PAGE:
by Sarah Curry
Director of Fiscal Policy Studies
Remember voting for a bond on the ballot? You know, those things city, county and the state government use to pay for things like prisons, schools, roads, and any number of things. Normally it generates good debate, do we need the item the bond will pay for or don’t we? There are debates, yard signs and even television commercials whether or not voters should support a bond, but that all changed in 2003.
The 2003 budget created a new form of debt called special indebtedness. There are three forms of special indebtedness created, and they are: certificates of participation, lease purchase revenue bonds, and limited obligation bonds. The creation of these appropriation-funded debt vehicles gave legislators a method to issue non-voter approved debt, and over time have become the sole method for North Carolina’s debt issuance. Their creation was prompted by the necessity for alternative financing methods to allow more flexibility and the ability to take advantage of changing financial and economic environments. In the budget document, it was confirmed the state would continue to issue debt through general obligation bonds, which has not happened, and there was no rule introduced for accountability or transparency.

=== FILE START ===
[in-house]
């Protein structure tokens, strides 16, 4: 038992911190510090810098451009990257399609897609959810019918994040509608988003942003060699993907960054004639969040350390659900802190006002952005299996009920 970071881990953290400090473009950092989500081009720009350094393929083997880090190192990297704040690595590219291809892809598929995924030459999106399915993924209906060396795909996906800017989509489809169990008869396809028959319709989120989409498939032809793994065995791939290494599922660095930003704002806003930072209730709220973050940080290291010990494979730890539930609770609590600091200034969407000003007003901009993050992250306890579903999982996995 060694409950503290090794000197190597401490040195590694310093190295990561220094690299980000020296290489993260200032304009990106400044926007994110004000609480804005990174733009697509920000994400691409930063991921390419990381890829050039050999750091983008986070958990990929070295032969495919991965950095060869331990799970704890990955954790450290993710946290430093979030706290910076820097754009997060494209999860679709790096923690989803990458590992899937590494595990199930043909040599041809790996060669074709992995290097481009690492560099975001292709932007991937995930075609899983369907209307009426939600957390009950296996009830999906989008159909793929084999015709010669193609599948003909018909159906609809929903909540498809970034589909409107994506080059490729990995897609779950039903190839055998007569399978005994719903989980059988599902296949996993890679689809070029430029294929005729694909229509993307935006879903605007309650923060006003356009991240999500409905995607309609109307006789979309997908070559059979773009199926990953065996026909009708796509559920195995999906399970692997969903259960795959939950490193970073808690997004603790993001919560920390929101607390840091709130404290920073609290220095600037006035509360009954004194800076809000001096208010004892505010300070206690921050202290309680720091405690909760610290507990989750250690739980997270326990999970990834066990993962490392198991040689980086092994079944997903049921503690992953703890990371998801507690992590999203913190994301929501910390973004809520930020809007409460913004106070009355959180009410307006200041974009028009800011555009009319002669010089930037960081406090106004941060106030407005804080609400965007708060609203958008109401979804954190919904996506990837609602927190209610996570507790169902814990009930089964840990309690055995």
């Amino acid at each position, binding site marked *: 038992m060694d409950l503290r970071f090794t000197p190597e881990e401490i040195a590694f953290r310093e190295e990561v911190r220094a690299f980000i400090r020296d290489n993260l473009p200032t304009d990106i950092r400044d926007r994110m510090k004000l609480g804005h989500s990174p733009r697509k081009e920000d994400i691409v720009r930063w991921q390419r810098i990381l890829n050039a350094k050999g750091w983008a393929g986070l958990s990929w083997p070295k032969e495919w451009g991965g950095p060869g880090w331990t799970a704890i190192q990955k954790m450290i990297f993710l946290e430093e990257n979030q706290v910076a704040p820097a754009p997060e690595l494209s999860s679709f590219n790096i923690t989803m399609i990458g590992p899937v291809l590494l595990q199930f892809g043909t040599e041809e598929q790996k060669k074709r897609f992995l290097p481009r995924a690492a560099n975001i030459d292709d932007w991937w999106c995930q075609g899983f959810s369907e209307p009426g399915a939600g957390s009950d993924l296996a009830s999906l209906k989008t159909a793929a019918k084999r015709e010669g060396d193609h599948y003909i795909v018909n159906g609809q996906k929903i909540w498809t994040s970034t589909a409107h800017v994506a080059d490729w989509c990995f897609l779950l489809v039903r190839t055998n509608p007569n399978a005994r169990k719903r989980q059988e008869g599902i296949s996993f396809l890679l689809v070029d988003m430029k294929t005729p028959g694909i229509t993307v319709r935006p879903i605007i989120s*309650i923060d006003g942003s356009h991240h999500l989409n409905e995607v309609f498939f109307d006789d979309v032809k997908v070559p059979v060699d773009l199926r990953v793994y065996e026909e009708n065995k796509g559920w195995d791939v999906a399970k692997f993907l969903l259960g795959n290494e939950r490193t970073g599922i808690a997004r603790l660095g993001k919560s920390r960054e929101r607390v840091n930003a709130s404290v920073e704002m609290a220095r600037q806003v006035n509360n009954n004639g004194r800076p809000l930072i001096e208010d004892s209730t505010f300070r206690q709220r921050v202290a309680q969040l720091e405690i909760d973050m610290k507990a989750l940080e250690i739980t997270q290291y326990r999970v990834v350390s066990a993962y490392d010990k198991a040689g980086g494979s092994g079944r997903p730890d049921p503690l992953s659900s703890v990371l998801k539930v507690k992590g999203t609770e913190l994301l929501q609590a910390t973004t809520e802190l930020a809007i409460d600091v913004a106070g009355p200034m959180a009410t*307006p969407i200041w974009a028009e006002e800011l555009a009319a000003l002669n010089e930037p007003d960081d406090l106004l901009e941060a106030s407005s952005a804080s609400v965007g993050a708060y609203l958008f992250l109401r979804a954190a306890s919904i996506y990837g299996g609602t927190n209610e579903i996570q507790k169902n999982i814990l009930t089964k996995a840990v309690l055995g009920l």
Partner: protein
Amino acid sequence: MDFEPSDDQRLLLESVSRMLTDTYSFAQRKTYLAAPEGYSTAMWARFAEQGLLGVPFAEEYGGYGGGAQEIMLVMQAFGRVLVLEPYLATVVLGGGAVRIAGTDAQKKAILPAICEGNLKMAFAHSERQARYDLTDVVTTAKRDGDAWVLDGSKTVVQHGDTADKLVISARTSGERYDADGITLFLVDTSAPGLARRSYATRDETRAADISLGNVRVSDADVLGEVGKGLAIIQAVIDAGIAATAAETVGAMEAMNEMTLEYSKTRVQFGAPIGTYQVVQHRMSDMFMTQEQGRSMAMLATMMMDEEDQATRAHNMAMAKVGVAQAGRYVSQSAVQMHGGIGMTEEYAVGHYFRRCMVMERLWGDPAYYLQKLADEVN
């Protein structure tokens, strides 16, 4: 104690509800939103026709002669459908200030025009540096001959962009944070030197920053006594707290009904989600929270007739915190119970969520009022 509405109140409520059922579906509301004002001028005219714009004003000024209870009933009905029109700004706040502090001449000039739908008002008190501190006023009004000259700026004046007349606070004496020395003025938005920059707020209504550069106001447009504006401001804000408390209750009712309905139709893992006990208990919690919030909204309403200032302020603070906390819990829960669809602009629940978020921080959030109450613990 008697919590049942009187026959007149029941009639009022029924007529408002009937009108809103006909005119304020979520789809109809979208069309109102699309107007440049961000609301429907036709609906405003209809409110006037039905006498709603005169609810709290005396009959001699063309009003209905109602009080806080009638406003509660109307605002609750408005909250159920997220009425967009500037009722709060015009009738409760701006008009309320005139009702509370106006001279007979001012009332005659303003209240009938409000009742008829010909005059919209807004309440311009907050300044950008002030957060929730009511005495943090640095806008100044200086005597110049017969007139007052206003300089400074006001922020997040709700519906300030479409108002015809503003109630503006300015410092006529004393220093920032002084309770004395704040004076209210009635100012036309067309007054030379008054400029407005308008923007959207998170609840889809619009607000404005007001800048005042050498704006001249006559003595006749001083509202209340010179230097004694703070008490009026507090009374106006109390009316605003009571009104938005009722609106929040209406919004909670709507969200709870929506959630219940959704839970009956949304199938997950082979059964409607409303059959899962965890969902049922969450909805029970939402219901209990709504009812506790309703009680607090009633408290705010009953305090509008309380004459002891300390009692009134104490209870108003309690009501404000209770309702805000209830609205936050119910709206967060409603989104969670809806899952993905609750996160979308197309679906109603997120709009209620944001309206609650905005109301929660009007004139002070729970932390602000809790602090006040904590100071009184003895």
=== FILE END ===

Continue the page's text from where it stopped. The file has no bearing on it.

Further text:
The big difference between these new debt vehicles and general obligation bonds is their price. Because they are funded through the state budget and not through the general taxing power of the people, the interest rate is higher. Meaning more money in the state budget must be directed towards debt service. To add to this, they are passed through a vote in the General Assembly, not a vote of the people. So the debate that used to occur, does not happen with the everyday voter. This has caused law makers to quickly move debt measures through without proper public debate, yet the public are those that are paying the higher interest rate.
Take a look at the chart below that shows the state’s debt service since 1990. Growth was relatively small prior to the creation of the new debt. Remember, we had a small recession in 2001-2002, so debt is always higher during a recession. So we left that recession and added to it higher interest forms of debt – and off we go….
If you want to read more about these special forms of debt, check out my Spotlight: COPs Evade Voter Scrutiny.